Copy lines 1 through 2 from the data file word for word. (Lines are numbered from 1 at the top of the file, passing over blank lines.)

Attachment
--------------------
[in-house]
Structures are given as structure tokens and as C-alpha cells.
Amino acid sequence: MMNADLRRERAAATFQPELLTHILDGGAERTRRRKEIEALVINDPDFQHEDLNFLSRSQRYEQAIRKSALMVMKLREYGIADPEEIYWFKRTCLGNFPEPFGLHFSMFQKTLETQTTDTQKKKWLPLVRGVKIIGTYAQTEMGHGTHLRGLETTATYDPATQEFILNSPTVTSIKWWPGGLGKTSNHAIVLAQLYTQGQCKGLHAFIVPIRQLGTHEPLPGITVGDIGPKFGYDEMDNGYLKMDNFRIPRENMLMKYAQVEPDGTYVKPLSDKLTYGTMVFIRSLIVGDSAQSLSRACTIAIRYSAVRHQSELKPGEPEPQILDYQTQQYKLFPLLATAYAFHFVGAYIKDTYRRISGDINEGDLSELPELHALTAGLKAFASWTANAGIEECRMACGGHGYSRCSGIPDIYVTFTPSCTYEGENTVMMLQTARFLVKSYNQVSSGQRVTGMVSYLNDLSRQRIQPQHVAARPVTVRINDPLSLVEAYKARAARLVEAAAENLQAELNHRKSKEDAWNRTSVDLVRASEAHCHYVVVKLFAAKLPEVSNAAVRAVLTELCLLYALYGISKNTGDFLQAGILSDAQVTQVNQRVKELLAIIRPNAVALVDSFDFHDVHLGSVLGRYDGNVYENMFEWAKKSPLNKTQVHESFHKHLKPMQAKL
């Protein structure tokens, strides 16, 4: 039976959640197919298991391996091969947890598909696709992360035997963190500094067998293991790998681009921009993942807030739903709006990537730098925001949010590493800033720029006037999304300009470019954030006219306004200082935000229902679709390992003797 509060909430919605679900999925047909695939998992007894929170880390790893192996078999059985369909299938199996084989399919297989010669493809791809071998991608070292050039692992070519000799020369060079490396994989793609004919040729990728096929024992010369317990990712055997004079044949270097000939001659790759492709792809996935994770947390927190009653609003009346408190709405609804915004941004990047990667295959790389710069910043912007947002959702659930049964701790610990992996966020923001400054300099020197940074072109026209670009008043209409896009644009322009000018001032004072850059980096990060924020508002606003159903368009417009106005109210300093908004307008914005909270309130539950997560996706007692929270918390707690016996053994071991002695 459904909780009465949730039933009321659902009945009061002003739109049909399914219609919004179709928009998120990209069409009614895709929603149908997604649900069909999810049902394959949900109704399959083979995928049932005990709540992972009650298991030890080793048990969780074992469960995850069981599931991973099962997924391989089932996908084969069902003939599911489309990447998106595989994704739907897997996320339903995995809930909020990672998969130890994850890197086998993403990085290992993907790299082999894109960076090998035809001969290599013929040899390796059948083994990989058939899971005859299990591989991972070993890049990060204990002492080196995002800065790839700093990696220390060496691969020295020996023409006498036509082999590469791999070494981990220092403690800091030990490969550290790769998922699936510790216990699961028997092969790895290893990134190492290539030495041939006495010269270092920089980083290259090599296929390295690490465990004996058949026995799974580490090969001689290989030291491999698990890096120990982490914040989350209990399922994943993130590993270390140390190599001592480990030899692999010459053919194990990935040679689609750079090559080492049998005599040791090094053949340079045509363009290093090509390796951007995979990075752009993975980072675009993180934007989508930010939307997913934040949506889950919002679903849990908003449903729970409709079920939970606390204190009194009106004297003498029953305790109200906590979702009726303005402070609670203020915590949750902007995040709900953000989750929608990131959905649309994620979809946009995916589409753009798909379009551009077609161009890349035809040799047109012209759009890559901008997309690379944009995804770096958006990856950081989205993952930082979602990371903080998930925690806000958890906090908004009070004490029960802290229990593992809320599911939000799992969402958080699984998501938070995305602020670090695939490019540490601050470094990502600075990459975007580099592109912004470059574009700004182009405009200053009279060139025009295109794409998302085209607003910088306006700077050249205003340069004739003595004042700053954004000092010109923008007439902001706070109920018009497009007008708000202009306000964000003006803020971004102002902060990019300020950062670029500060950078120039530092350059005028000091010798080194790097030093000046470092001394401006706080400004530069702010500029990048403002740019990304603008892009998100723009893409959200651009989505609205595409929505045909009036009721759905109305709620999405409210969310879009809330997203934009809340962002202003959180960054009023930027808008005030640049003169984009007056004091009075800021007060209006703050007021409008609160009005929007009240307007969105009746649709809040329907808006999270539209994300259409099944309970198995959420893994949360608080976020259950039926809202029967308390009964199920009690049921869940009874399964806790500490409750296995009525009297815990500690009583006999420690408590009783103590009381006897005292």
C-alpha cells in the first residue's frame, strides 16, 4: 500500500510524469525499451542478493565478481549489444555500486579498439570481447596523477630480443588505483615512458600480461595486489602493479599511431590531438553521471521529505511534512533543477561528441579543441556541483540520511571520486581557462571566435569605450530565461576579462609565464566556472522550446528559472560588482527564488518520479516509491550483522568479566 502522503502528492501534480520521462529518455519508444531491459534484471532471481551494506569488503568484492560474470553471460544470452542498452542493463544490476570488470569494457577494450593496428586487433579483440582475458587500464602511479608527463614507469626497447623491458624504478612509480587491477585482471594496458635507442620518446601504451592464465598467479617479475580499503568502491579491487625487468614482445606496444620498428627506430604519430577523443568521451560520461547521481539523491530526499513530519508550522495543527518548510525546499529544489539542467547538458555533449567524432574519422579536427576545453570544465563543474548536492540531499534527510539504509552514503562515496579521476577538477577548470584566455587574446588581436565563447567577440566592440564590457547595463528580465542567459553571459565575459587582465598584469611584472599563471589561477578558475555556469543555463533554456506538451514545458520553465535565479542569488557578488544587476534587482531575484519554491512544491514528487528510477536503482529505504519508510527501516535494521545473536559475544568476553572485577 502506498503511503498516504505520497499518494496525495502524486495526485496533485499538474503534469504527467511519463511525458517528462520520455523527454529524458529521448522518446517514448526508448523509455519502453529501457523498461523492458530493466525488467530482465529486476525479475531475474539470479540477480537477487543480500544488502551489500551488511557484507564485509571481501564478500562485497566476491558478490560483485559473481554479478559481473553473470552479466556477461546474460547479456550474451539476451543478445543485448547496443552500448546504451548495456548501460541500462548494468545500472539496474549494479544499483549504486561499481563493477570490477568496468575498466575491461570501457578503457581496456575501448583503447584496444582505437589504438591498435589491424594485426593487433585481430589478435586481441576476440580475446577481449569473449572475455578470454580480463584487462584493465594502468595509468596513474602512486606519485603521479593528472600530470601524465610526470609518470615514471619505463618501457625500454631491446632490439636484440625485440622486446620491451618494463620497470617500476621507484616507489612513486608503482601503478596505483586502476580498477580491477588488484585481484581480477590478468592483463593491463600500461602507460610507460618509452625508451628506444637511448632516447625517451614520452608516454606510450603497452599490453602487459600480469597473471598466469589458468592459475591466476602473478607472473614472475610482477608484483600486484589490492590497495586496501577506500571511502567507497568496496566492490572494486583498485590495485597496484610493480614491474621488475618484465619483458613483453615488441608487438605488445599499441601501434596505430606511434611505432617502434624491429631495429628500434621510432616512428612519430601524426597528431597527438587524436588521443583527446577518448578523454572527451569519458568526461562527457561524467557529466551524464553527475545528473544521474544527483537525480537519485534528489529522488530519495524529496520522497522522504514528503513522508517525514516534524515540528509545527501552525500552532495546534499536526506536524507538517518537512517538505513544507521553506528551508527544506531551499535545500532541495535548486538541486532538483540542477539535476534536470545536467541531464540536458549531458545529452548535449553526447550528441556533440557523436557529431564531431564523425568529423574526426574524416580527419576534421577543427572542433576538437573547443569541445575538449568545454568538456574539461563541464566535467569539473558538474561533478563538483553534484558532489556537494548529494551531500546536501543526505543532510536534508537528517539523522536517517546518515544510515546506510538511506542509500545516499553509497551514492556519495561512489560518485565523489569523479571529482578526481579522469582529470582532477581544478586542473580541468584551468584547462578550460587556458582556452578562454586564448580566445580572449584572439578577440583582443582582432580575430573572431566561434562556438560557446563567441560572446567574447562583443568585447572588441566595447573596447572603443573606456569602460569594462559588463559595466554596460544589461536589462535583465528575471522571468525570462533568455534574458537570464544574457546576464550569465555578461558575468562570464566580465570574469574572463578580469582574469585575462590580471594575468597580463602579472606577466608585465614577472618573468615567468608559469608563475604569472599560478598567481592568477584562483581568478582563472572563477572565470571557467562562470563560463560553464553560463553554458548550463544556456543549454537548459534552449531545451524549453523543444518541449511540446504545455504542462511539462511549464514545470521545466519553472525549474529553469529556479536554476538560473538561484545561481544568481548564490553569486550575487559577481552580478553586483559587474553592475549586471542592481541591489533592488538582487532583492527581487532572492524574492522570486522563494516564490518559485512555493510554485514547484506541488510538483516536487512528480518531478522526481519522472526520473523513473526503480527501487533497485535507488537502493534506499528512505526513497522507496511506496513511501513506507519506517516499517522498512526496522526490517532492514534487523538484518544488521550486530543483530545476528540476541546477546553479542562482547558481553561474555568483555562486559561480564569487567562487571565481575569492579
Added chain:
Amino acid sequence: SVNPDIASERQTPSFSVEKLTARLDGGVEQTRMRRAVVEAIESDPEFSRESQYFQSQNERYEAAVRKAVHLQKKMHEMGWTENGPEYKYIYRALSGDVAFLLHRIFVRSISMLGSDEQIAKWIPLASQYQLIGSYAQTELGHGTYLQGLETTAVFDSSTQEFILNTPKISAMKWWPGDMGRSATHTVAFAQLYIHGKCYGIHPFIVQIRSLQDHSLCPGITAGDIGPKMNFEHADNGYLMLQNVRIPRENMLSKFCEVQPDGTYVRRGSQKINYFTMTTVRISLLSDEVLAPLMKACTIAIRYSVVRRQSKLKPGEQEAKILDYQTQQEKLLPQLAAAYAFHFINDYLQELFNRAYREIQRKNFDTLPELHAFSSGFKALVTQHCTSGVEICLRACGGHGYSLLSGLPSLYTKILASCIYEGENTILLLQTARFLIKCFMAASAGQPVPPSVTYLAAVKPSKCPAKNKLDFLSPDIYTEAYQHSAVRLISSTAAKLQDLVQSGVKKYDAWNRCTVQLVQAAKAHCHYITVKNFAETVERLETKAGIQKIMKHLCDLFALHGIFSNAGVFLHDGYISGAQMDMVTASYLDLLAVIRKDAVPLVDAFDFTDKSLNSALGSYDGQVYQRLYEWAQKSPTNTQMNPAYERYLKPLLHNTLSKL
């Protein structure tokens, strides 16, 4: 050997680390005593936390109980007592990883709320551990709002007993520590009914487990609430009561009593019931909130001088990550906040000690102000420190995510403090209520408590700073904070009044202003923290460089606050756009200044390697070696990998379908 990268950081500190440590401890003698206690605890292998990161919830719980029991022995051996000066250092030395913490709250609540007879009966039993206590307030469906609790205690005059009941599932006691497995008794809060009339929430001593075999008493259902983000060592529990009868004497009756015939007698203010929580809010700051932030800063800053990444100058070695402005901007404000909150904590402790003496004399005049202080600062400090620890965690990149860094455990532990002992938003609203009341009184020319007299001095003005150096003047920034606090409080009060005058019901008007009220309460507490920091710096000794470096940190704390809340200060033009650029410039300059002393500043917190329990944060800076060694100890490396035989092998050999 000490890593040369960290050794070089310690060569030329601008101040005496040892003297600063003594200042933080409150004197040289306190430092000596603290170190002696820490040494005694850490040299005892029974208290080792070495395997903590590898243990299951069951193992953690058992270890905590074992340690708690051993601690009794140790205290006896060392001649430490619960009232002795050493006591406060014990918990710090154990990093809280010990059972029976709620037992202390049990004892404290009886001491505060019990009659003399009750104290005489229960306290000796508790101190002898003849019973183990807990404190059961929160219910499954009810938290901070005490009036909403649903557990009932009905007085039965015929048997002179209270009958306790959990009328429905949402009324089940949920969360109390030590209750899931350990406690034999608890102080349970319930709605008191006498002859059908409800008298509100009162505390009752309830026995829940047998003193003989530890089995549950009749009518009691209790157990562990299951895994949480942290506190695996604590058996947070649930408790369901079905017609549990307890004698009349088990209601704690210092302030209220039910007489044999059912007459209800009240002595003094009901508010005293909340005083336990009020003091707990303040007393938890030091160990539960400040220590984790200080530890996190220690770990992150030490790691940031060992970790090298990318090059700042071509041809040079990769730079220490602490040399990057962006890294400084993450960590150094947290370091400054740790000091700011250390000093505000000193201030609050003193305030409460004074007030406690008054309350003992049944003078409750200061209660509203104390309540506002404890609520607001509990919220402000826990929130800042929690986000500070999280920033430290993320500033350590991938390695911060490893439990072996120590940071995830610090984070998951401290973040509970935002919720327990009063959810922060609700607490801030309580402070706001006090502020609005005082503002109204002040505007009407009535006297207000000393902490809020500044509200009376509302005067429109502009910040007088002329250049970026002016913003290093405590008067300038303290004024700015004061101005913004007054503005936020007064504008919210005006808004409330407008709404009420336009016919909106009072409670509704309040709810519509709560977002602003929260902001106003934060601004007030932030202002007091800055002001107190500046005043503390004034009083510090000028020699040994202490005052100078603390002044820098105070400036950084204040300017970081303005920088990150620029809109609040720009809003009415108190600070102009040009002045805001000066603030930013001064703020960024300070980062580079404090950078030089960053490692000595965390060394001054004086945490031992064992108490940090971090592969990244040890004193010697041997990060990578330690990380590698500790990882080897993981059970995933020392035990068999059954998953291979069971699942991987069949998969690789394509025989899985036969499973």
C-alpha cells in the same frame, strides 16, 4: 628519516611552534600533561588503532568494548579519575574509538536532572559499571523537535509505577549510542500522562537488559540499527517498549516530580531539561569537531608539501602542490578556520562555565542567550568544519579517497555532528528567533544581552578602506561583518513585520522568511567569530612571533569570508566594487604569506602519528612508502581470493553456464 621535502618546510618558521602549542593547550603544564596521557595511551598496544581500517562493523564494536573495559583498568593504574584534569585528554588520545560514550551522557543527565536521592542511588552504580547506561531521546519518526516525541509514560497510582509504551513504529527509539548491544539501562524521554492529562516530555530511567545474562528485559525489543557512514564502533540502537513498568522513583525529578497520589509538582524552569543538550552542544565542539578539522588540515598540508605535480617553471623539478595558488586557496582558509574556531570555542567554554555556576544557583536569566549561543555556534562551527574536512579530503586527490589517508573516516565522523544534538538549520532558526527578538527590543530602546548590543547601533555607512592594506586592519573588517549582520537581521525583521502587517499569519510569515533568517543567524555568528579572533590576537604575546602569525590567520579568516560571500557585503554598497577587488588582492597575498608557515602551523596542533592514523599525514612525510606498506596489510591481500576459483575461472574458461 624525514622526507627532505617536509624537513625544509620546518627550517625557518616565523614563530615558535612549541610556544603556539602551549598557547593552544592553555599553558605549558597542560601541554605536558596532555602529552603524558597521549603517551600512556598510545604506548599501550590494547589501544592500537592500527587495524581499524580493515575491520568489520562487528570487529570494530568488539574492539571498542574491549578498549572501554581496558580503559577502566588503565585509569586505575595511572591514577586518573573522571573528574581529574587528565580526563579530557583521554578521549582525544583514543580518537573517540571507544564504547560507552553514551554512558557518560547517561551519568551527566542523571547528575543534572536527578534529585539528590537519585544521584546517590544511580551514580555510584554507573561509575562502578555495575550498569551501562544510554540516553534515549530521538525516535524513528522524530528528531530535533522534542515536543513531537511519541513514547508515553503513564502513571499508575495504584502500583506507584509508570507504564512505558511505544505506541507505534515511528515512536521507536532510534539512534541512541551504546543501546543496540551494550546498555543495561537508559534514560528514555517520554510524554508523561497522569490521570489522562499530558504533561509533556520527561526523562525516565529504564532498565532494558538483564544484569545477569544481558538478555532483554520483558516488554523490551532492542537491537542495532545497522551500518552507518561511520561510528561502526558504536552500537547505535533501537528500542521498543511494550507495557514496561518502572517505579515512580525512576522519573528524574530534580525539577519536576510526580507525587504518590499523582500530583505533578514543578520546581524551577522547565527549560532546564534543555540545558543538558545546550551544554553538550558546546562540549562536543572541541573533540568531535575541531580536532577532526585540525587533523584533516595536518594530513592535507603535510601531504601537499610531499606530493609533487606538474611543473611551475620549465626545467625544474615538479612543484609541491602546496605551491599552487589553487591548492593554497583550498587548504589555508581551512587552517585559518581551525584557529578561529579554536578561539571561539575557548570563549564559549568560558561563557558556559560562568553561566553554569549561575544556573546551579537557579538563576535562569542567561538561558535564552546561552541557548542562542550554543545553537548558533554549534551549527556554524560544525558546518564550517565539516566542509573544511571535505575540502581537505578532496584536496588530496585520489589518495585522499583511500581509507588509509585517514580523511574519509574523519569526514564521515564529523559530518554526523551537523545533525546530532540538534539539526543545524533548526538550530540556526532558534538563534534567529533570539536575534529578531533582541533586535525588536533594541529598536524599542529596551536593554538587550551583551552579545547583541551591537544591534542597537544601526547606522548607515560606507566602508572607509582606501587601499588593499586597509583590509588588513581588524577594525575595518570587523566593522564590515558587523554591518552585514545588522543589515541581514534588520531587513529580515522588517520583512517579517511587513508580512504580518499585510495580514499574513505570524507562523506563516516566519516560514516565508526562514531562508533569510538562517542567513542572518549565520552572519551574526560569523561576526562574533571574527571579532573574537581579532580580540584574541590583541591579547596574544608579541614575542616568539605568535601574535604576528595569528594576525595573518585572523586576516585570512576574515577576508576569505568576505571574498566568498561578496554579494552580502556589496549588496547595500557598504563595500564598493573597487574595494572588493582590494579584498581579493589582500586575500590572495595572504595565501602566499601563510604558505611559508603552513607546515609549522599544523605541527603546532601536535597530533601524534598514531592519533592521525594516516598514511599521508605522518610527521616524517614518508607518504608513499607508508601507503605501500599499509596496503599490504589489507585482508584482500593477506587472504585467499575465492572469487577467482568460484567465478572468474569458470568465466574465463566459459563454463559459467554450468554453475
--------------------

[in-house]
Structures are given as structure tokens and as C-alpha cells.